Open AccessArticle Cobalt-Catalyzed Methoxycarbonylation of Substituted Dichlorobenzenes as an Example of a Facile Radical Anion Nucleophilic Substitution in Chloroarenes
Molecules 2014, 19(5), 5876-5897; doi:10.3390/molecules19055876
Received: 9 April 2014 / Revised: 26 April 2014 / Accepted: 28 April 2014 / Published: 6 May 2014
Cited by 3 | PDF Full-text (512 KB) | HTML Full-text | XML Full-text | Supplementary Files
Abstract
A thorough mechanistic study on cobalt-catalysed direct methoxycarbonylation reactions of chlorobenzenes in the presence of methyl oxirane on a wide range of substrates, including poly- and monochloro derivatives with multiple substituents, is reported. The results demonstrate that the reaction is potentially useful as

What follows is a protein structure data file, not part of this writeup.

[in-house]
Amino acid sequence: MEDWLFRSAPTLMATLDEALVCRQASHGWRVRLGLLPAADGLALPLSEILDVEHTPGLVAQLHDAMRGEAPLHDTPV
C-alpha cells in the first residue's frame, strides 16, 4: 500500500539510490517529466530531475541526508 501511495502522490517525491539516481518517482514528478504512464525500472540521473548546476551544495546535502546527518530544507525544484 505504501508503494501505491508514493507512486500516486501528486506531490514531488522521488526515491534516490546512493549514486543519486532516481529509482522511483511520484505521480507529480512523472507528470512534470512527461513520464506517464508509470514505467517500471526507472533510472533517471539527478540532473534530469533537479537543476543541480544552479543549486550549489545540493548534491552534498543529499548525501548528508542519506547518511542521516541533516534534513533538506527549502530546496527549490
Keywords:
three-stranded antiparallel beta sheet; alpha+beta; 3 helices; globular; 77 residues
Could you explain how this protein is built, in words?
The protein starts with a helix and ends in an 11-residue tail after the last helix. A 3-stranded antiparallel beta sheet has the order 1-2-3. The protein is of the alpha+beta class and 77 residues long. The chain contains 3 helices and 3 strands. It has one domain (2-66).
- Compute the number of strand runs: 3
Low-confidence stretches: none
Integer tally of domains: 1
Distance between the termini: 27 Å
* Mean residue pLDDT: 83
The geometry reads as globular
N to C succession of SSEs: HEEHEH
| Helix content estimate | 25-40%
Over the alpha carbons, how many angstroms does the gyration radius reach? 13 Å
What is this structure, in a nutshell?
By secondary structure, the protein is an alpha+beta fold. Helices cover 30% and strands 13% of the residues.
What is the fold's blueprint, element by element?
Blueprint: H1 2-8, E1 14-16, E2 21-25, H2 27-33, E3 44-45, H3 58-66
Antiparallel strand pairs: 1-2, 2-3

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A thorough mechanistic study on cobalt-catalysed direct methoxycarbonylation reactions of chlorobenzenes in the presence of methyl oxirane on a wide range of substrates, including poly- and monochloro derivatives with multiple substituents, is reported. The results demonstrate that the reaction is potentially useful as it proceeds under very mild conditions (t = 62 °C, PCO = 1 bar) and converts aryl chlorides to far more valuable products (especially ortho-substituted benzoic acids and esters) in high yields. This transformation also offers another opportunity for the utilization of environmentally harmful polychlorinated benzenes and biphenyls (PCBs). This study is the first to discover an unexpected universal positive ortho-effect: the proximity of any substituent (including Me, Ph, and MeO groups and halogen atoms) to the reaction centre accelerates the methoxycarbonylation in chlorobenzenes. The effect of the ortho-substituents is discussed in detail and explained in terms of a radical anion reaction mechanism. The advantages of the methoxycarbonylation as a model for the mechanistic study of radical anion reactions are also illustrated. Full article